Burj Khalifa : Story of world’s tallest building

Mankind has always been in pursuit of the bigger and better, expanding the horizons to new highs of technology and awestruck-ness. Astronomically mega ancient structures like Babel, Pyramids, Machu Picchu and Petra; all stand witness to the highly inclined bent of humankind to produce mega structures to personify magnanimity.

Burj Khalifa, Dubai’s fortune cookie, an 828-meter high masterpiece aimed for greatness and took the high ground. The journey is a significant one, one that would be told by many and to many: a legend in the making.

It is the pet project and a live example of an insightful business thought process of Sheikh Mohammed bin Rashid Al Maktoum. Who according to officials, ’wanted to put Dubai on the world map with something really sensational’ and boy! he surely did it and in style with a bang . Something euphoric and melodious to the core.

World’s tallest building

Burj Khalifa photoBurj Khalifa is the tallest freestanding structure in the world standing tall at 829.8 meters (The second tallest is merely at a height of 646.38 meters) with a whopping 163 floors of construction which include 30,000 residential properties, nine hotels, and numerous corporate units. It has world’s longest travel distance elevators which add on to 504 meters.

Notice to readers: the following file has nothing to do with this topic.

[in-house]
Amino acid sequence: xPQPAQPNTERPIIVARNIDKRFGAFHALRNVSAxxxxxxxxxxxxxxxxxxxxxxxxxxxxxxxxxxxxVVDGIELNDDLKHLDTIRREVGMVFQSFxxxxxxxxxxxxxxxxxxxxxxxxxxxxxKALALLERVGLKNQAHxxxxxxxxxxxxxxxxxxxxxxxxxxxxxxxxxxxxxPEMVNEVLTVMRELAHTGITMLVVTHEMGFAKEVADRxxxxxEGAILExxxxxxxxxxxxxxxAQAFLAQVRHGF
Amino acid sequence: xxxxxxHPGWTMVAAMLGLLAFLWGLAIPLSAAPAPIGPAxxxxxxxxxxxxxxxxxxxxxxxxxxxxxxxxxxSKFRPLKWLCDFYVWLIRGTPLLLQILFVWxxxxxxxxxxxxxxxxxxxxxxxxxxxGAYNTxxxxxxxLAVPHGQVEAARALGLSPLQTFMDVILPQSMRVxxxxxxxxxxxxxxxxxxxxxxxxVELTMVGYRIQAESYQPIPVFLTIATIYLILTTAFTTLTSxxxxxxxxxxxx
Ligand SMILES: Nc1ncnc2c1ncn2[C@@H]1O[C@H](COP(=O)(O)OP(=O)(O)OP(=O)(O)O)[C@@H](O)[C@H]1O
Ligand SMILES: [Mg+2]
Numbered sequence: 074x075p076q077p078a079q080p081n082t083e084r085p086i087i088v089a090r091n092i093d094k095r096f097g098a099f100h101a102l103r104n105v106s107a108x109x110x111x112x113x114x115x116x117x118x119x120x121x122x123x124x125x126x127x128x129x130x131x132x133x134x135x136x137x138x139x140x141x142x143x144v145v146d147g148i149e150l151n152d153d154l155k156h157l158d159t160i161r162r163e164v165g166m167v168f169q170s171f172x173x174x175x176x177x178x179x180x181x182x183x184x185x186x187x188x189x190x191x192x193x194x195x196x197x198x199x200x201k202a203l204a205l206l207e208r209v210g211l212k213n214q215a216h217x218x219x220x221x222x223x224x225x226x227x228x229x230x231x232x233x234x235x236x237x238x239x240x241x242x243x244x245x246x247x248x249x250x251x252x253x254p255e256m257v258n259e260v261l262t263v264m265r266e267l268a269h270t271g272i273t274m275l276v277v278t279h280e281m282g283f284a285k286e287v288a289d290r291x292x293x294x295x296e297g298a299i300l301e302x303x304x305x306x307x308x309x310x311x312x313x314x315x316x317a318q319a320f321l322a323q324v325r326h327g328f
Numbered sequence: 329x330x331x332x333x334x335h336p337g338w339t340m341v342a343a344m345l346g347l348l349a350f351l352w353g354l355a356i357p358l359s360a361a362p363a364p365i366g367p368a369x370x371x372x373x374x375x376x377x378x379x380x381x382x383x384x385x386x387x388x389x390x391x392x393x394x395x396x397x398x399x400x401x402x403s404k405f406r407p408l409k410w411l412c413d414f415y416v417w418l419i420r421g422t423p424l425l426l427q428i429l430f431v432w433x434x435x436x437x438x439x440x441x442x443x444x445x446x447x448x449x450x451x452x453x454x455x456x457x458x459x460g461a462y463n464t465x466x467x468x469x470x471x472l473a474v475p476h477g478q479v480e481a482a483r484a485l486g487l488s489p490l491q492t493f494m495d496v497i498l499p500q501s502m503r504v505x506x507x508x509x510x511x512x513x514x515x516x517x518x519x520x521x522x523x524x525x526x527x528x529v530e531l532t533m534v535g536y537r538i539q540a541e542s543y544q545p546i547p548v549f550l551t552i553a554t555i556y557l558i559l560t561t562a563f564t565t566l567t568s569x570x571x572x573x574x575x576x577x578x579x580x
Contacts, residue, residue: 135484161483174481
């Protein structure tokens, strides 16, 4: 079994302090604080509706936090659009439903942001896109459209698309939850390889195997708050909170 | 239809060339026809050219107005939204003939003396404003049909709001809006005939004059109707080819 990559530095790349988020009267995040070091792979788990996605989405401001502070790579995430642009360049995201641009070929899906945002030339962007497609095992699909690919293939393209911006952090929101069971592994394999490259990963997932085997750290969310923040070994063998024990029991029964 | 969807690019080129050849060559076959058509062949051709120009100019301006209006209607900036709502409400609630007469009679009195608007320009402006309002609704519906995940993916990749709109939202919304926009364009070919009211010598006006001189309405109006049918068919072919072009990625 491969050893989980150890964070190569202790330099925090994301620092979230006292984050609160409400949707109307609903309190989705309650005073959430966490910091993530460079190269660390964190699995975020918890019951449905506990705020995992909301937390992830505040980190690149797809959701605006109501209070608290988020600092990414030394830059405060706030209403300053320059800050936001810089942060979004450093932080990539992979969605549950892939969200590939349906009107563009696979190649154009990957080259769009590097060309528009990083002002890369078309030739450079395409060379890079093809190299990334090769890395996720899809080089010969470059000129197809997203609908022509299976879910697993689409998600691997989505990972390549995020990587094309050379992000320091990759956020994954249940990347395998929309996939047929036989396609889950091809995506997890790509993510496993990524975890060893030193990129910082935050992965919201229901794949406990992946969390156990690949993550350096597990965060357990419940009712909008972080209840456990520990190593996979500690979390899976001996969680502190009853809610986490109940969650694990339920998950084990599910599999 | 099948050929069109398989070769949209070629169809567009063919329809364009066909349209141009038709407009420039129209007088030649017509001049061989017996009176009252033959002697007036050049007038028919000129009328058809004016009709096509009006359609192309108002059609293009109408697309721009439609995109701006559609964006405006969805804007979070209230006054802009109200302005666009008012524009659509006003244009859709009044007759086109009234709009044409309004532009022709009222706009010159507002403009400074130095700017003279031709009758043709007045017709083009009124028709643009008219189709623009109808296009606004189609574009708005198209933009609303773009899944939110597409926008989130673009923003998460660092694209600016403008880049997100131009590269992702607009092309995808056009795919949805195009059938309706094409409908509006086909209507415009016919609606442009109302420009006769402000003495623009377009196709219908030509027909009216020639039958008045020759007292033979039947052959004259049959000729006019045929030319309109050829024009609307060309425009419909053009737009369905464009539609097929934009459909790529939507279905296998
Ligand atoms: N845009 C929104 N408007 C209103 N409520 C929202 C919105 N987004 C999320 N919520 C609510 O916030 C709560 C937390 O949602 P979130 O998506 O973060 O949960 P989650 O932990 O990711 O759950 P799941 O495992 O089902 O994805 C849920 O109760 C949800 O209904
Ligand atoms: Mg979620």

You’ll be awestruck to know that the amount of building material used in the construction of the Burj if kept side by side is enough to cover a distance equivalent to ¼ of our planet earth. The building has a temperature difference of 6 degrees between the top and ground floor which just adds on to poke us enough to get to uncover more and more about this flabbergast structure.

Inception of the idea

Every great idea is the result of necessity, and desperation to survive and prove be the fittest of the lot”

The Emir of Dubai, Sheikh Mohammed Bin Rashid Al Maktoum, realized that the oil reserves aren’t going to last forever and petrodollars could not be rallied behind anymore. So the economy highly dependence on the revenue from petroleum and natural gas was to be diversified diverted to some reliable source, which needed to be created . And with the trade route revenue coming to stagnation, the stage for the tourism industry was set. With Burj Khalifa as the flag bearer of the crusade.Now, the city was to be turned into a world-class tourist heaven for the survival of its own.